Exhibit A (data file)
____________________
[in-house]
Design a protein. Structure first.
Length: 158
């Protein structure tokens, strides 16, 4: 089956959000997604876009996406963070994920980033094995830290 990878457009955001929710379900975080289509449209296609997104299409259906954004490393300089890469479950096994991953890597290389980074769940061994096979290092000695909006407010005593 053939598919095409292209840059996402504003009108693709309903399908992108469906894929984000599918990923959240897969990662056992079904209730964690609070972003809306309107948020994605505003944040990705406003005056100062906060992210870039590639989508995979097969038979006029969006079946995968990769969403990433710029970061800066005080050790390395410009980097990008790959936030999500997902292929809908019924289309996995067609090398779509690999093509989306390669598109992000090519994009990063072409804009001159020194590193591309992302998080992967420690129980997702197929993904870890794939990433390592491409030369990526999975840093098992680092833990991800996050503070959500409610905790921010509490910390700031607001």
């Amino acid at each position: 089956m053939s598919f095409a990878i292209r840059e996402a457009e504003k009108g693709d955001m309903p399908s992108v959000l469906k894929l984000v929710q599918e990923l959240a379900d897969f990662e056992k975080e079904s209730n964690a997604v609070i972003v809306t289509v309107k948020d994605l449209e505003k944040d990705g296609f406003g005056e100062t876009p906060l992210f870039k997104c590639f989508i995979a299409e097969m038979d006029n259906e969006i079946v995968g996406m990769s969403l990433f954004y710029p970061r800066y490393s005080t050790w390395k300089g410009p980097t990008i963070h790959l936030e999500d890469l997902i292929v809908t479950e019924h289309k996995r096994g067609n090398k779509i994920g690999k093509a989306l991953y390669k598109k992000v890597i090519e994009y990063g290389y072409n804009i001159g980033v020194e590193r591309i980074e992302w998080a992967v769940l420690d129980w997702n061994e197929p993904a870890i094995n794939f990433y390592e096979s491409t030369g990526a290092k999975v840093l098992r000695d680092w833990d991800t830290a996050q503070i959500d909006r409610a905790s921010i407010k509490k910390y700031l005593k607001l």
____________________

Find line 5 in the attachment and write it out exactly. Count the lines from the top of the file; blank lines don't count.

């Amino acid at each position: 089956m053939s598919f095409a990878i292209r840059e996402a457009e504003k009108g693709d955001m309903p399908s992108v959000l469906k894929l984000v929710q599918e990923l959240a379900d897969f990662e056992k975080e079904s209730n964690a997604v609070i972003v809306t289509v309107k948020d994605l449209e505003k944040d990705g296609f406003g005056e100062t876009p906060l992210f870039k997104c590639f989508i995979a299409e097969m038979d006029n259906e969006i079946v995968g996406m990769s969403l990433f954004y710029p970061r800066y490393s005080t050790w390395k300089g410009p980097t990008i963070h790959l936030e999500d890469l997902i292929v809908t479950e019924h289309k996995r096994g067609n090398k779509i994920g690999k093509a989306l991953y390669k598109k992000v890597i090519e994009y990063g290389y072409n804009i001159g980033v020194e590193r591309i980074e992302w998080a992967v769940l420690d129980w997702n061994e197929p993904a870890i094995n794939f990433y390592e096979s491409t030369g990526a290092k999975v840093l098992r000695d680092w833990d991800t830290a996050q503070i959500d909006r409610a905790s921010i407010k509490k910390y700031l005593k607001l």